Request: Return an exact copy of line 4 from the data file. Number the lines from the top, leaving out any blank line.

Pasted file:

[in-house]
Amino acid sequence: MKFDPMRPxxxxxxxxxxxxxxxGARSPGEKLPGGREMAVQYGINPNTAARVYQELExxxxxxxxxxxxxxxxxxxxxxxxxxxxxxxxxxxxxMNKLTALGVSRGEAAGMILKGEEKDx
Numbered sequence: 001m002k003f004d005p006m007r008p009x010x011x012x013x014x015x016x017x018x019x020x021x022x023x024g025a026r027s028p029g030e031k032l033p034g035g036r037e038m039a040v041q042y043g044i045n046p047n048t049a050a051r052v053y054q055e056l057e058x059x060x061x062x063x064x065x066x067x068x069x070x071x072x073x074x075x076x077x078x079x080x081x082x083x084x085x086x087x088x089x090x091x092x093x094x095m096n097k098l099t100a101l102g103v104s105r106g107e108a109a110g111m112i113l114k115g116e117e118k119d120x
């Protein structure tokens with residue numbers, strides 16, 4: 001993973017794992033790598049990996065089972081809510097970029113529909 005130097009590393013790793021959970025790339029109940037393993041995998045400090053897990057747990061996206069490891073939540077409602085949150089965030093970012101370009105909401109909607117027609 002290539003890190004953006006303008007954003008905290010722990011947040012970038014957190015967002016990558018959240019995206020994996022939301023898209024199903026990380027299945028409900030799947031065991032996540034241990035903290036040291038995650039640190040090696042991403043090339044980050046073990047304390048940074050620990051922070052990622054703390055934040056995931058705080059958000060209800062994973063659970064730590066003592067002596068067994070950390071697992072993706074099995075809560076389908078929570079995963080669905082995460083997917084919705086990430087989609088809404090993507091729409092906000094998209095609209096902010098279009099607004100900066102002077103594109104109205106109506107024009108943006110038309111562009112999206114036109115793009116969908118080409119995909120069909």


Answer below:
């Protein structure tokens with residue numbers, strides 16, 4: 001993973017794992033790598049990996065089972081809510097970029113529909 005130097009590393013790793021959970025790339029109940037393993041995998045400090053897990057747990061996206069490891073939540077409602085949150089965030093970012101370009105909401109909607117027609 002290539003890190004953006006303008007954003008905290010722990011947040012970038014957190015967002016990558018959240019995206020994996022939301023898209024199903026990380027299945028409900030799947031065991032996540034241990035903290036040291038995650039640190040090696042991403043090339044980050046073990047304390048940074050620990051922070052990622054703390055934040056995931058705080059958000060209800062994973063659970064730590066003592067002596068067994070950390071697992072993706074099995075809560076389908078929570079995963080669905082995460083997917084919705086990430087989609088809404090993507091729409092906000094998209095609209096902010098279009099607004100900066102002077103594109104109205106109506107024009108943006110038309111562009112999206114036109115793009116969908118080409119995909120069909």